Our initial goal was never to make a microprocessor, only to solve this particular customer’s problem, this calculator design problem. But there were several aspects of the design that became more evident as it was pursued. One was, being more general purpose and faster than the original design, we figured it might be useful for a broader range of applications than just the calculator family. Dr. Federico Faggin was hired around in April of 1970 and given the responsibility for chip circuit design and layout, to turn this architecture into a physical transistor layout. He developed a number of techniques to take advantage of Intel’s new silicon gate metal oxide silicon (MOS) process and even found ways to improve performance using techniques that others felt impossible to do with silicon gate. He had working parts by around January of 1971.
Of course you didn’t envision the PC at the time.
The PC? No. Our expected usage was for what today is called embedded control. I fault the media for not even being aware of embedded control and yet it’s a huge market for microcontrollers and microprocessors. It wasn’t that we wouldn’t have liked to have had our own personal computers built using microprocessors, but the other support devices, like hard or floppy disk drives and printers, were all exceedingly expensive. If one had to make those investments, one would be better off using a higher performance minicomputer rather than a microprocessor. In effect, the peripherals problem had to be solved before the personal computer became economically feasible.
So how many transistors were on that processor?
With the 4004, I don’t know the exact number. In fact, Dr. Faggin and I each came up with a different number. He had used a form of programmable logic array. We had designed the instruction set in a way we hoped such an array could be used. I believe Dr. Faggin counted all possible sites in the array and reported 2,300 transistors for the 4004 chip, while I counted only the transistors actually implemented in the array and got a count of 2,100, so it’s somewhere in that range.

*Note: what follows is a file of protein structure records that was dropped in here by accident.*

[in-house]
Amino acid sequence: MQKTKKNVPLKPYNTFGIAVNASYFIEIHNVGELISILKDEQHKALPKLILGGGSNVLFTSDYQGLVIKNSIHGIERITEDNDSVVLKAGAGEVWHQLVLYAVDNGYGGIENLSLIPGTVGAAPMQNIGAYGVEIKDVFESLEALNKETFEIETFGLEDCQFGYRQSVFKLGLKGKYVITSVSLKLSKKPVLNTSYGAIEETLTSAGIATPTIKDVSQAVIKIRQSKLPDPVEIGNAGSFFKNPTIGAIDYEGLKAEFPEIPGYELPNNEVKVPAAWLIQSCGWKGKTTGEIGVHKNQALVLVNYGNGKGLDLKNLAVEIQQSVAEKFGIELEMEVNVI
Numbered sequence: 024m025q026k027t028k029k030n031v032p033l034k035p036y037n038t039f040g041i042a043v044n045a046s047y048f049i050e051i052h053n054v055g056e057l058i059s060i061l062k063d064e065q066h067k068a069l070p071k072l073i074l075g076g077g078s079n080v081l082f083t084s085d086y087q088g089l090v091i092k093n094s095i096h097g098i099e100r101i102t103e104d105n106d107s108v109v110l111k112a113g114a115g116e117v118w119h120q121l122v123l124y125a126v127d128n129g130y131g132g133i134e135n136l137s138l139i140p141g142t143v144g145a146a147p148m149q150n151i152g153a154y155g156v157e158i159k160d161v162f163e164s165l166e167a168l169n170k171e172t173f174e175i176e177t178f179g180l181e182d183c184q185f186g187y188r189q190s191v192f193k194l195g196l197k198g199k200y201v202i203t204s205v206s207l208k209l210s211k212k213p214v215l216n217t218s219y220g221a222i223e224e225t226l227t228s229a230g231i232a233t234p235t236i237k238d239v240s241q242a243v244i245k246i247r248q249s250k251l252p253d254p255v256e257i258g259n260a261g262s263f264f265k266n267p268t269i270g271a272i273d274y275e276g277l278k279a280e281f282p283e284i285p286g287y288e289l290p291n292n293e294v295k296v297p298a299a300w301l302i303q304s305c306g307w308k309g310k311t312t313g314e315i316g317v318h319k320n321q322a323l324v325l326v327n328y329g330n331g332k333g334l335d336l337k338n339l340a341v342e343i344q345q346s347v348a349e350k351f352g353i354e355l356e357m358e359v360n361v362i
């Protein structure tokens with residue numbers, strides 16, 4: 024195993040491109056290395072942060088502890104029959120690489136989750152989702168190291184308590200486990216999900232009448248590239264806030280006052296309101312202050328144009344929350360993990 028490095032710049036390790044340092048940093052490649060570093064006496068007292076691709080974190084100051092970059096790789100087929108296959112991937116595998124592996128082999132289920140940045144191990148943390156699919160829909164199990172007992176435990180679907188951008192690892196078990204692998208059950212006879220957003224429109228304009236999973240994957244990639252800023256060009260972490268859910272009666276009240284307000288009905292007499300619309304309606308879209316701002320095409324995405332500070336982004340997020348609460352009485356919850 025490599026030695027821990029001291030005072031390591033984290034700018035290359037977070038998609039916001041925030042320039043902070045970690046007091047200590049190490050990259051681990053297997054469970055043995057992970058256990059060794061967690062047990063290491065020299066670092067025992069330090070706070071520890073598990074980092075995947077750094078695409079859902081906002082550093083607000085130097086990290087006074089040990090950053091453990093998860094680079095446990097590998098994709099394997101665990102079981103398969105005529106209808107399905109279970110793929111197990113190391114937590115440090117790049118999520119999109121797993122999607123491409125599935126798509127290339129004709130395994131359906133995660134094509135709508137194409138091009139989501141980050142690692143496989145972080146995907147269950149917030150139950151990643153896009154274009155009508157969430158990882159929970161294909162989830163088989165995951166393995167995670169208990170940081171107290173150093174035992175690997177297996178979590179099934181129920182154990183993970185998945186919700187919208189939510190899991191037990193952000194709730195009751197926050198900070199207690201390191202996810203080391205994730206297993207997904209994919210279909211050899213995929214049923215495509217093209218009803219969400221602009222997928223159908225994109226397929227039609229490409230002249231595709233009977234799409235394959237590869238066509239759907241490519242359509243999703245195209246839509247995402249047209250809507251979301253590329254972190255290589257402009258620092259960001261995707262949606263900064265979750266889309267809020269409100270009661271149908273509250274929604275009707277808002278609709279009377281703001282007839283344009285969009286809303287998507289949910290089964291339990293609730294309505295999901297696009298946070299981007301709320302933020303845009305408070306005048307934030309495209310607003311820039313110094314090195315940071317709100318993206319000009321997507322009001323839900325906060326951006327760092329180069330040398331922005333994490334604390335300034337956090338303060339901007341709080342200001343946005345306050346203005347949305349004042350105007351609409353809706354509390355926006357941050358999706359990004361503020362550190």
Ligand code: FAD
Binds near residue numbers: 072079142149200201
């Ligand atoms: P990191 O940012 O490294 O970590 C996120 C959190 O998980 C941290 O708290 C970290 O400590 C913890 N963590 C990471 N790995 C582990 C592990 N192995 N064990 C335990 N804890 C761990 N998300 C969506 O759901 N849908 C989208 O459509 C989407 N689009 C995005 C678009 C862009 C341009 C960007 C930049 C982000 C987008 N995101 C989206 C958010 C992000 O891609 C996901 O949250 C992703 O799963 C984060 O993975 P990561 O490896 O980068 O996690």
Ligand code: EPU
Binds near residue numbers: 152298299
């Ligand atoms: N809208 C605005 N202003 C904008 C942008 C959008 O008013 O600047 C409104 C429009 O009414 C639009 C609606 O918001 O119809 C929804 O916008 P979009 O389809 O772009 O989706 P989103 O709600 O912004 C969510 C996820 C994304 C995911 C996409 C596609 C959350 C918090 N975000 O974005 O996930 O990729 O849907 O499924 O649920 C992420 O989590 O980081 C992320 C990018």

As someone in on the ground floor of all this, what did you think of “Moore’s Law”?
Gordon showed me his chart soon after I joined Intel. He had originally published it around 1965. At one point, he added a few of Intel’s new parts on it. The improvements due to Intel’s silicon gate process represented growth even faster than his original prediction. But I don’t know if any of us expected it to go on as long as it has. We expected to hit limits to integrated circuit capabilities.
So how did your career evolve after the 4004 project?
Around 1975, Bob Noyce asked me if I could take a look at the telephone industry to see if we could apply our semiconductor technology to telephony. I hired some people who had telephony experience and after some study decided to try to make what is called a CODEC, for coder/decoder. The CODEC does the standard conversions between analog and digital representations of voice signals as used in telephone systems. Analog signals are converted to a 64 kilobit-per-second digital signal and vice versa. Although most circuits for analog applications used bipolar technology, I developed some techniques for doing the digital to analog and analog to digital conversion in our MOS technology. And then we persuaded Professor Paul Gray of Berkeley to consult for us. He had done pioneering work in using MOS technology to do analog functions and also had developed switched capacitor filtering techniques. I soon had two design teams, one doing the CODEC and one under Prof. Gray doing the filter that is needed for use with the CODEC. We ended up, I believe, having the first commercially available monolithic CODEC and the first commercially available switched-capacitor filter for use with the CODEC. The normal use for CODECs at that time was for transmission between central offices. We figured that we could also design our CODEC so that it could also be used as the basis for a digital private branch exchange.